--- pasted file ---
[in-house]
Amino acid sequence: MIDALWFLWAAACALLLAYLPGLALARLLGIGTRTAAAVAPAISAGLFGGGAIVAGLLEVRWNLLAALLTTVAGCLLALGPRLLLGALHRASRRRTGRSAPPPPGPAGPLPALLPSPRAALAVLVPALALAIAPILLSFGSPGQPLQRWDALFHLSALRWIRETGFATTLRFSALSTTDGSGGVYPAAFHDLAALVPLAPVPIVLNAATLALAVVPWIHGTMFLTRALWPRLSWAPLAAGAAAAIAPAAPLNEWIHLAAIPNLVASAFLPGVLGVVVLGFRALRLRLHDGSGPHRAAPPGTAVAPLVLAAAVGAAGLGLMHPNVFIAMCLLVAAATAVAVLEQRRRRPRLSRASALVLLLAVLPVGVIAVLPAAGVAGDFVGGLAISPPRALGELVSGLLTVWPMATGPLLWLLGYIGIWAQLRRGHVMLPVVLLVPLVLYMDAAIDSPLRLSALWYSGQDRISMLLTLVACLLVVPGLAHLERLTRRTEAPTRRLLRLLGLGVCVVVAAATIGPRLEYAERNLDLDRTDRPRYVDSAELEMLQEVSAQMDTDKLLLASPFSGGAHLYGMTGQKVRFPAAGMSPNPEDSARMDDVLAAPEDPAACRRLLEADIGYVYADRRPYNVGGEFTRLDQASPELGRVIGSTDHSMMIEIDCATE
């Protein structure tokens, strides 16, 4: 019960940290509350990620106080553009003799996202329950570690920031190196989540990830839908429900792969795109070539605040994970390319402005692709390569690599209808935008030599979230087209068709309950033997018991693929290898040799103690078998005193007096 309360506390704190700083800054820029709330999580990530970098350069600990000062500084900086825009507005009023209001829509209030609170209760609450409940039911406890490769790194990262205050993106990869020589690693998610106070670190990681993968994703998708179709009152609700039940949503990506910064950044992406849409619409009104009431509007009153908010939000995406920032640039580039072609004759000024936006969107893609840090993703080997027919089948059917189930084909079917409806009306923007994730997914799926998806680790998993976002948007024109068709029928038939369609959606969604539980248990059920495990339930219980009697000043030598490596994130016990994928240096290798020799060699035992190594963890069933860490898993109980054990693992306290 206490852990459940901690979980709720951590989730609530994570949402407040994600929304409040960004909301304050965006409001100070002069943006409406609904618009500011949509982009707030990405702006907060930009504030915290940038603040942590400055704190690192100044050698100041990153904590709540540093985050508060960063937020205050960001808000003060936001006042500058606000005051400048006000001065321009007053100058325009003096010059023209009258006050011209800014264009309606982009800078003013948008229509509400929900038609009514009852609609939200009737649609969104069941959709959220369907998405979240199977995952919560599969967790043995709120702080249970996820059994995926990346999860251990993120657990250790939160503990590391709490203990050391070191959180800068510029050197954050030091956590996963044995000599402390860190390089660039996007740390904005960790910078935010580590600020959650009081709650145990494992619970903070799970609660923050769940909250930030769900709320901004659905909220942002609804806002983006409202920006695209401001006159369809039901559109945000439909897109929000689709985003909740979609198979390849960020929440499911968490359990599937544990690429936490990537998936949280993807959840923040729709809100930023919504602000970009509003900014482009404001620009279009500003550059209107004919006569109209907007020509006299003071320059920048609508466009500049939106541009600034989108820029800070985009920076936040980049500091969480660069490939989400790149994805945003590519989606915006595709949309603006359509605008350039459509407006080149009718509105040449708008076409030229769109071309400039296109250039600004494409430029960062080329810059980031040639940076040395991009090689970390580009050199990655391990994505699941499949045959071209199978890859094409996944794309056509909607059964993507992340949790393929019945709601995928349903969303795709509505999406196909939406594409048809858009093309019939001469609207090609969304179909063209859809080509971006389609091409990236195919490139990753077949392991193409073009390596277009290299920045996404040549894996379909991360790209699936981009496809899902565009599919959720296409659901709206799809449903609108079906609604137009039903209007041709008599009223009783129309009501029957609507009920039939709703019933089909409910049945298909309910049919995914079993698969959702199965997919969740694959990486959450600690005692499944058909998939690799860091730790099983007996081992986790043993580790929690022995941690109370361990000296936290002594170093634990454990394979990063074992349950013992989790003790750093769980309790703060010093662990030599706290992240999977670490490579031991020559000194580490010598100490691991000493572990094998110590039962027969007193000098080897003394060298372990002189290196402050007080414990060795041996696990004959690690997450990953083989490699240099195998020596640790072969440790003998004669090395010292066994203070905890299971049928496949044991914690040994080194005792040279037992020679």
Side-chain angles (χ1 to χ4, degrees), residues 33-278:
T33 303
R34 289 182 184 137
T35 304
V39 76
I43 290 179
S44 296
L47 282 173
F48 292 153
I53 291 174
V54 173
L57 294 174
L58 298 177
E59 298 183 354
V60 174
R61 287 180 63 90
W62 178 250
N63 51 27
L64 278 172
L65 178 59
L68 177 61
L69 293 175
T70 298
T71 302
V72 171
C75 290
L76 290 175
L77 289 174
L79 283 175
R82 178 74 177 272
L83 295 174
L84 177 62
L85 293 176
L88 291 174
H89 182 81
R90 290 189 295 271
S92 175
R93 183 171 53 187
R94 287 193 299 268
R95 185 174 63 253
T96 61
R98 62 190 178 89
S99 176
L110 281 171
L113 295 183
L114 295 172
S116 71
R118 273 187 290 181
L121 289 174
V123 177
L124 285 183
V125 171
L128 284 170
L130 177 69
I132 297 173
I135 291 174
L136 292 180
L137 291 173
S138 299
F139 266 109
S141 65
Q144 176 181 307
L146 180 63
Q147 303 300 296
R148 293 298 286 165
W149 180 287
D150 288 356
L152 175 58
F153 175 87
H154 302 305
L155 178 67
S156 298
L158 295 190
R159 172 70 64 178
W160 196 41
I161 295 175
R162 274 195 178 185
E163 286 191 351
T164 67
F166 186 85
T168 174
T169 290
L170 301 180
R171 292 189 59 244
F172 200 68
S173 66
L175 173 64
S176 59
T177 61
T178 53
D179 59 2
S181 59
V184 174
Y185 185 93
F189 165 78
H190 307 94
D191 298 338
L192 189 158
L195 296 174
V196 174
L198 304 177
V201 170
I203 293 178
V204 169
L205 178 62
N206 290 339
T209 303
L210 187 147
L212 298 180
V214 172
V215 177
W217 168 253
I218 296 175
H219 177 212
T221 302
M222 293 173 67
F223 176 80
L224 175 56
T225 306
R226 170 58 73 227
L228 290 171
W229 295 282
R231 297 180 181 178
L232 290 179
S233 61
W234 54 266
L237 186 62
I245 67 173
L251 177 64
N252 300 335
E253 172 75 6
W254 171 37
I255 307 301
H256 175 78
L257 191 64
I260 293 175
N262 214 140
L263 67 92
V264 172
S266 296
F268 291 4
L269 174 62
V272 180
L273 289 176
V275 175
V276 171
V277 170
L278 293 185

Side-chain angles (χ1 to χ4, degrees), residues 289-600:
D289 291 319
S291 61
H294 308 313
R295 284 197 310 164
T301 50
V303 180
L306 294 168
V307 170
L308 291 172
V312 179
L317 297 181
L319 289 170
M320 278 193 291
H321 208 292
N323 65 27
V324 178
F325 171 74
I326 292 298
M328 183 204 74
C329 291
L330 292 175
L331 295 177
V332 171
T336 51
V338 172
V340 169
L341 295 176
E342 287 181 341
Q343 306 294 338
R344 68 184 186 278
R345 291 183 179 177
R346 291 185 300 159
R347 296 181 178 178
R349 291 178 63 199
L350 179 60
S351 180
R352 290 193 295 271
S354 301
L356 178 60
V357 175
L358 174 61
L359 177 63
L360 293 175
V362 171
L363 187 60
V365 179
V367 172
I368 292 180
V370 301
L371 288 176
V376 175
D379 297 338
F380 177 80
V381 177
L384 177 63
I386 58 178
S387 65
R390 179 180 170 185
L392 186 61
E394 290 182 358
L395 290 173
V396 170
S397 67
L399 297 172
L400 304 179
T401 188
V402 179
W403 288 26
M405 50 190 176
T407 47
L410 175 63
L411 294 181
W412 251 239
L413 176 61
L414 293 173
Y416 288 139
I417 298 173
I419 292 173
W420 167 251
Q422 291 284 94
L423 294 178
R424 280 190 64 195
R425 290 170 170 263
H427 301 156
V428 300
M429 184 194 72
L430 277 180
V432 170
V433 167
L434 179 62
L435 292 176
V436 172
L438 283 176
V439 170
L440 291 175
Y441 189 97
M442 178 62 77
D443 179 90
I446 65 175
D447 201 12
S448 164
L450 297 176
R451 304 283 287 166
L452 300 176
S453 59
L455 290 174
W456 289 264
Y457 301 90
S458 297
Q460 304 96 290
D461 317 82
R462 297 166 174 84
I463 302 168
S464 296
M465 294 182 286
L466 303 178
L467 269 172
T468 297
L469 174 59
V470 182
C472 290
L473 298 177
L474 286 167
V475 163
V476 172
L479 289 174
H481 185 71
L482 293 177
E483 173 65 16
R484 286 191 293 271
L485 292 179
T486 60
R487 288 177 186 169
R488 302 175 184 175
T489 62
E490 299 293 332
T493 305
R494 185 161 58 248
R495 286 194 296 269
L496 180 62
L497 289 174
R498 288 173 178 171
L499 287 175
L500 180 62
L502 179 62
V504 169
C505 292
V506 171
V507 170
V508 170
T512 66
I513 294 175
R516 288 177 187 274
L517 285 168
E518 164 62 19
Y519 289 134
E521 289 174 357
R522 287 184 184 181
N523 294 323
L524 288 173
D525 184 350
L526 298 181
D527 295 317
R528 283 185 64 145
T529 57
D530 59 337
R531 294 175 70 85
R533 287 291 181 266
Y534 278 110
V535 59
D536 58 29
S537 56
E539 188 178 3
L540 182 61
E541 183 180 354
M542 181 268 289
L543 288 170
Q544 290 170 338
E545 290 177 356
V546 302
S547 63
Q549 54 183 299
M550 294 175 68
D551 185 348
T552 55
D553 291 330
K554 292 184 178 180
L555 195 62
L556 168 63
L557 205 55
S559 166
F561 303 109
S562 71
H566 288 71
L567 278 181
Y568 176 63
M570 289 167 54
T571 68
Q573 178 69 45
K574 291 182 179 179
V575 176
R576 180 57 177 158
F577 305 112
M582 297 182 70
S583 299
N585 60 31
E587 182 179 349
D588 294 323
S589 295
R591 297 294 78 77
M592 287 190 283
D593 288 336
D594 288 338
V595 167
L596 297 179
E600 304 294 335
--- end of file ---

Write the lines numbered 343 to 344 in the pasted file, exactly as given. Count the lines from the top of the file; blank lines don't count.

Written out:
S559 166
F561 303 109